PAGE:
You remember the Ouija board, right? If you went to pyjama parties as a kid, you might have played with one. With a few friends, you would put your fingers on the pointer, and asked the board many questions. The pointer seemed to move of its own accord as it spelled out answers to your questions. Maybe you thought it was a fun game, or that you were actually speaking to the dead. Maybe you thought more sinister forces were making it move, or simply someone else sitting around the table.
I used to glide the little pointer around like a champ and one night we all scared each other to death. Now I use it as a decoration. Some of my friends have tried to get rid of their boards by throwing them in the garbage, but some of the boards kept coming back. When we were cleaning out my Grandmother’s house, we found a Ouija board in the back of a cupboard and I asked my Dad where it came from. He got white in the face and said my Grandmother had thrown it out when she found her household helper Gladys with one. My Grandmother, the staunch Anglican, would have nothing of the sort– but some how the board came back. That was one for the books.
Clipped from The Winnipeg Tribune, 10 Jul 1920, Sat, Page 31
It’s widely accepted by scientists that the Ouija board works through the ideomotor effect. The people whose hands hover over the little pointer that glides around the board are actually moving it to spell out the answers, even if they don’t mean to. Ideomotor movements are unconscious gestures we make in response to strong ideas or emotions.
Ouija boards have their roots in 19th century America, and the spiritualist movement. Communicating with the dead was common, it wasn’t seen as bizarre or weird and the movement was led by mediums, who claimed to be intermediaries between the living and the dead. Talking boards were soon established and, in 1891, businessman Elijah Bond decided to turn the board into a toy. Hasbro now owns the patents to Ouija boards.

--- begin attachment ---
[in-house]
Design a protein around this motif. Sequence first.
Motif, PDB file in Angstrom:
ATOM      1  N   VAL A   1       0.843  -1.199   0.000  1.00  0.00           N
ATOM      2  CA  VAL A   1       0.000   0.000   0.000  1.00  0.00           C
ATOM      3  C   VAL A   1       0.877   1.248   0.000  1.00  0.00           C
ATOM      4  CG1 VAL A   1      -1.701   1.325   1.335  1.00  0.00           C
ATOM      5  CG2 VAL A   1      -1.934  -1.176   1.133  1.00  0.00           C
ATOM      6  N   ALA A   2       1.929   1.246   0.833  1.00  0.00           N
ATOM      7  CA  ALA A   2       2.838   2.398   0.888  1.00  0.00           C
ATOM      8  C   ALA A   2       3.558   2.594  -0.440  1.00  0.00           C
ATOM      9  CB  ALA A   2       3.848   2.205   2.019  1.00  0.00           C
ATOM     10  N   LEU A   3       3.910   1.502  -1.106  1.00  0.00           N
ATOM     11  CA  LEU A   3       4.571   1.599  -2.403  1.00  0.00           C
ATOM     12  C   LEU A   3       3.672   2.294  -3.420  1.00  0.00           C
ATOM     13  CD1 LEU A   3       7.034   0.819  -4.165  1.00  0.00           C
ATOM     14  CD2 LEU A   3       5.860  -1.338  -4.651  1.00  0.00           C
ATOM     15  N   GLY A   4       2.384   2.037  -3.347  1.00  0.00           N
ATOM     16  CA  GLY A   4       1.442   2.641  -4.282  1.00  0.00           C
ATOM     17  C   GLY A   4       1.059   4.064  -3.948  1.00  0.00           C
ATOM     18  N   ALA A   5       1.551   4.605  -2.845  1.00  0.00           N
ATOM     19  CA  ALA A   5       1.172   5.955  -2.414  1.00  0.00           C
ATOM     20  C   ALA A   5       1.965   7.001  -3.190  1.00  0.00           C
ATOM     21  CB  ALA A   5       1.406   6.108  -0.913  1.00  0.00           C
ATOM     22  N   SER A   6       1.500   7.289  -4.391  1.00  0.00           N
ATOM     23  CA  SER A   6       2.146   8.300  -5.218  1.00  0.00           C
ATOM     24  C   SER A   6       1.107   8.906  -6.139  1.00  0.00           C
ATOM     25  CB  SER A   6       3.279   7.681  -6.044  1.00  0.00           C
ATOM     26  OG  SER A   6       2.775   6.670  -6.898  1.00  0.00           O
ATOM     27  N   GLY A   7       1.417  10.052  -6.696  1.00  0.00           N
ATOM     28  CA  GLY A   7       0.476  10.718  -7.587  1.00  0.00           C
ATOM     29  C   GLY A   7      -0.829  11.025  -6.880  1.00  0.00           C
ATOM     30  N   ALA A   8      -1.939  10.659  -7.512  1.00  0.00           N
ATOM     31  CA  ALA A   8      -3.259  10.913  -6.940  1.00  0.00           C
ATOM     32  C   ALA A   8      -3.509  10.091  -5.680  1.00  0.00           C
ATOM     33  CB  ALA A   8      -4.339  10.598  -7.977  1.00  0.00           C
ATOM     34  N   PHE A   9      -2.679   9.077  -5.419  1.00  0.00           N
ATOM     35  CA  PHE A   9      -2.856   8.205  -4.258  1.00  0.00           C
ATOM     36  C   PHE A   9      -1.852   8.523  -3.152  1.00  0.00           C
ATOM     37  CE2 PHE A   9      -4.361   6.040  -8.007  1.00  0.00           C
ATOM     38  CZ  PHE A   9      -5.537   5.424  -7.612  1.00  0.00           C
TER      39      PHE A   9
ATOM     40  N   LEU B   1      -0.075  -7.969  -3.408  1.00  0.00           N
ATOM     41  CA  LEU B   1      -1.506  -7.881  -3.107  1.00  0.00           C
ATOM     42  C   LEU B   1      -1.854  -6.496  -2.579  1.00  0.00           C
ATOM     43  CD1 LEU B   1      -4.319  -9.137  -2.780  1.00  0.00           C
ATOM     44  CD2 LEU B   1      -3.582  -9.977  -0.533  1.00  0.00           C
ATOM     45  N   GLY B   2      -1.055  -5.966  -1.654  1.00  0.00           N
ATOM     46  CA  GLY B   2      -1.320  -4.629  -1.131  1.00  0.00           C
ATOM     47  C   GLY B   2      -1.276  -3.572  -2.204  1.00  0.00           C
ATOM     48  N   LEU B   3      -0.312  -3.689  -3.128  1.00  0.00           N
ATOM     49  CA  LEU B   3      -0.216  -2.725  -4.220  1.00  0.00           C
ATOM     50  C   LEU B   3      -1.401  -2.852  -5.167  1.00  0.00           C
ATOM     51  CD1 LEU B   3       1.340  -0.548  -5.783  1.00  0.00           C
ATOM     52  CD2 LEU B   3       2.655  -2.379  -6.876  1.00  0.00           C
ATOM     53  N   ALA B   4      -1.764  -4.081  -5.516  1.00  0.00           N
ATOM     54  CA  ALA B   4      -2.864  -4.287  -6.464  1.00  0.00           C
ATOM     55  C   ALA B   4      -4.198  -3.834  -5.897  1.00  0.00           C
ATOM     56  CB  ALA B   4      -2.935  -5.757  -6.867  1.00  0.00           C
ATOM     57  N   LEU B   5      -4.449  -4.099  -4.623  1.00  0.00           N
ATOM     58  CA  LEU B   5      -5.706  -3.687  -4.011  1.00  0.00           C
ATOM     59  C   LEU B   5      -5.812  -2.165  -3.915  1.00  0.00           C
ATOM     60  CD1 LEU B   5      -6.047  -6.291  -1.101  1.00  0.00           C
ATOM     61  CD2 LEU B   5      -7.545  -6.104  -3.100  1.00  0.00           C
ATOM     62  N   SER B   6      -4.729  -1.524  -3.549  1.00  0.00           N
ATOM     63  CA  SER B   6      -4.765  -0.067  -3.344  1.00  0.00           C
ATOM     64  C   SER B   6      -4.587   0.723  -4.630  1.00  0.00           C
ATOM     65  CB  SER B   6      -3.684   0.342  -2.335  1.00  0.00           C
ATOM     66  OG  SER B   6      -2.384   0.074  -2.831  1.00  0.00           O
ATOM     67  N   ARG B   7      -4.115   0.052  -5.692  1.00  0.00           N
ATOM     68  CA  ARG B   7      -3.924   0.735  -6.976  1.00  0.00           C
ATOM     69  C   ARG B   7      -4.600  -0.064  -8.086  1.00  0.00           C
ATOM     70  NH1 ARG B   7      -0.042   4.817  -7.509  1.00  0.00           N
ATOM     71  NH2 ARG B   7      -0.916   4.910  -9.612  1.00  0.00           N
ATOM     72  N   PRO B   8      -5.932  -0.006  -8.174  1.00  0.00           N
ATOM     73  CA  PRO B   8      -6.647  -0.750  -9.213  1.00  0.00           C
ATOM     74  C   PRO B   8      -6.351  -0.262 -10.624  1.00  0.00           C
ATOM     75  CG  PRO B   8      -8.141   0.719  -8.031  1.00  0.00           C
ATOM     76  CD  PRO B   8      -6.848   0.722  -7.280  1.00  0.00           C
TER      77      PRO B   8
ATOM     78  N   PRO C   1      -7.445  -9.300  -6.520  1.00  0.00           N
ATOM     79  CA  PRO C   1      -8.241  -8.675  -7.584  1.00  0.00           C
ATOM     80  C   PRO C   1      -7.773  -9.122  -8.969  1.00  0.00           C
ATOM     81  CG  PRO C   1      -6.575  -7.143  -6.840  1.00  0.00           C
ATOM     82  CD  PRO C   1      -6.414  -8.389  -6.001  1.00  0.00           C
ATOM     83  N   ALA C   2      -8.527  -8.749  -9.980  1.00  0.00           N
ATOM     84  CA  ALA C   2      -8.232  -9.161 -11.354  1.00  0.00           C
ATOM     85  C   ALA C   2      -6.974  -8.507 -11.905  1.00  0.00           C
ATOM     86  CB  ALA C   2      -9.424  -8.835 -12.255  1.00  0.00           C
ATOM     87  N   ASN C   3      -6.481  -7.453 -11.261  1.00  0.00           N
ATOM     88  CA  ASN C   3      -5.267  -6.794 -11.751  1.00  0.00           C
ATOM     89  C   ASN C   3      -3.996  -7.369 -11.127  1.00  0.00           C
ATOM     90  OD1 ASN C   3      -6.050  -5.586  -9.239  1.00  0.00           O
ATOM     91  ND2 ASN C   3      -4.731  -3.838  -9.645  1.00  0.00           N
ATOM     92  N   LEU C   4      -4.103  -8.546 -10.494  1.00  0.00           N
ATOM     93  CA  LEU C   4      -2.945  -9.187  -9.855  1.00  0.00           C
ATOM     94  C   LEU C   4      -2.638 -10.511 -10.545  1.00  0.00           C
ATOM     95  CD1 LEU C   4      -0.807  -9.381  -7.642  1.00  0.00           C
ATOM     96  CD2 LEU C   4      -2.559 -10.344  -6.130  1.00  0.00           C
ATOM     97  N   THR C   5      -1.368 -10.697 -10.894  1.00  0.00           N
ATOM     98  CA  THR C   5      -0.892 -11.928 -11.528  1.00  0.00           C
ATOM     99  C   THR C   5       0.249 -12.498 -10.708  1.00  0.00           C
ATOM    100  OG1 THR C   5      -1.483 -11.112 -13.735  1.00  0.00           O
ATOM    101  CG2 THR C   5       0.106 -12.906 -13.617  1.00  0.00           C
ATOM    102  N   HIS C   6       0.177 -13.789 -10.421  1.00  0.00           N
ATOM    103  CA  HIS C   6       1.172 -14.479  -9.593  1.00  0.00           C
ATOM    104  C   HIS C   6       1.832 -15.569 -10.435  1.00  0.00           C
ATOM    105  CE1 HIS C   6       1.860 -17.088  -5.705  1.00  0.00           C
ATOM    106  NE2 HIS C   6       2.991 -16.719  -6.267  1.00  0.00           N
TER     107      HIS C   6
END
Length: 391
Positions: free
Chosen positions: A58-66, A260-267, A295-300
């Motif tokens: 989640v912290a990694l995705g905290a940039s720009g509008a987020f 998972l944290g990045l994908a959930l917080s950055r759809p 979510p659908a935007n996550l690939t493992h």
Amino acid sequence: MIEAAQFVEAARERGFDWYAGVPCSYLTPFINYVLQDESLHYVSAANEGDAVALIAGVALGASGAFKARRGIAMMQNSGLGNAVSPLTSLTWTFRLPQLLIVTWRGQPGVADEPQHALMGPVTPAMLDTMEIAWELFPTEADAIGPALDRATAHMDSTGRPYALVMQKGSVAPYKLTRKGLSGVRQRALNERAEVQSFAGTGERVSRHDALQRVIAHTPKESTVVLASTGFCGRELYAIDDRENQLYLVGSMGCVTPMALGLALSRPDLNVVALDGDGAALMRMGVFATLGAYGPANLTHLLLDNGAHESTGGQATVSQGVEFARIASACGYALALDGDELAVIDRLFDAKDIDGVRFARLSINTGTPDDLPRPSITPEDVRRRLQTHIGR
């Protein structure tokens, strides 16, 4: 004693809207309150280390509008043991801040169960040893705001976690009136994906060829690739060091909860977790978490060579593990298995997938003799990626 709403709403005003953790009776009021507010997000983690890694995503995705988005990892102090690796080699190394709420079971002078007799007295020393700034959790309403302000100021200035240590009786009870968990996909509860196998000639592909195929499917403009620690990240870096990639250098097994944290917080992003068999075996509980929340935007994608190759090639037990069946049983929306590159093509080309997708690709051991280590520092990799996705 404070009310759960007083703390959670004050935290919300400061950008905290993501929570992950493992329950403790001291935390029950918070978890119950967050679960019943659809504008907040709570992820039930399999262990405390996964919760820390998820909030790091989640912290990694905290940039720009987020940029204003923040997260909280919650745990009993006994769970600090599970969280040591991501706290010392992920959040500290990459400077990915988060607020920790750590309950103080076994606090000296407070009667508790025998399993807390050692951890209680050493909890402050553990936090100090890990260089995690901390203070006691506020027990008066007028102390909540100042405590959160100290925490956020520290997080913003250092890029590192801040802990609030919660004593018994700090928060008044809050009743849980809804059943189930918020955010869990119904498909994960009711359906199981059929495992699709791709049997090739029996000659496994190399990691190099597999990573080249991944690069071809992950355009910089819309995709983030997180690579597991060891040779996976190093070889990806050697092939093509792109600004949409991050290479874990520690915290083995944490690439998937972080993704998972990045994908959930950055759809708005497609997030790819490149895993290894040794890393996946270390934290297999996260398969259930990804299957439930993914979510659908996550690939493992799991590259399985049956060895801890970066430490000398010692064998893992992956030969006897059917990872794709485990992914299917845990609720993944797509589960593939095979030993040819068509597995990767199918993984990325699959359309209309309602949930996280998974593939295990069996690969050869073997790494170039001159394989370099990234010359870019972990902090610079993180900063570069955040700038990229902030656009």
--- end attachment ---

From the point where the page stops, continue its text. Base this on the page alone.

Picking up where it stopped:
Did you know that L.M. Montgomery, the creator of Anne of Green Gables, resided in the manse on the grounds of the Presbyterian church at Leaskdale, Ontario? Her husband was its minister from 1911 to 1926. In her diary for 13 April 1919, Montgomery recorded how she and close friends used the Ouija board. Apparently, she found its messages quite comforting.
As early as 1906, Montgomery was performing séances with her friends, and she writes extensively throughout her journal of Ouija boards, spirits and ghosts, fairies, UFOs, and other psychic phenomena. General interest in spiritualism and in the possibility of making contact with the dead increased in the aftermath of the First World War.
Fox Sisters– Leah (1831–1890), Margaret (also called Maggie) (1833–1893) and Kate (also called Catherine) Fox (1837–1892).
Spiritualism caught on in America in 1848 with the Fox sisters. They were young girls from upstate New York who claimed to communicate with a spirit in their house via a series of unexplained rappings. Spiritualism blossomed from there, with as many mediums popping up as there were spirits willing to spill the secrets of the afterlife.
Ouija- it’s only a game right?
Clipped from The Ottawa Journal, 01 Jun 1934, Fri, Page 18
Clipped from The Ottawa Journal, 13 Jan 1919, Mon, Page 1
The following report was sent to Gold Spot Paranormal Research July 30, 2014:
“We have a family home on the outside of Ottawa in a little town named Osgoode. A long time ago when I was 12 we had this stupid idea to use a ouija board. They sell it at Toys R Us, but seriously it’s not a game. Plus the fact that we did contact with a ghost named “. Read More here:
This is the Witchboard Ouija board that was given out as a promotion when the first movie came out. They became collectible. At one point I was selling any old vintage Ouija boards I found. Some were even made in Salem. This was one of the rarest boards ever found and went for quite a bit of money. Now all I have left is the one on a bed in my hat room. That’s enough thank you.:)
Ouija Board Cake I had made for the Victorian Seance Night at the old Mississippi Hotel years ago.
Come and visit the Lanark County Genealogical Society Facebook page– what’s there? Cool old photos–and lots of things interesting to read. Also check out The Tales of Carleton Place.
Information where you can buy all Linda Seccaspina’s books-You can also read Linda in The Townships Sun andScreamin’ Mamas (USA)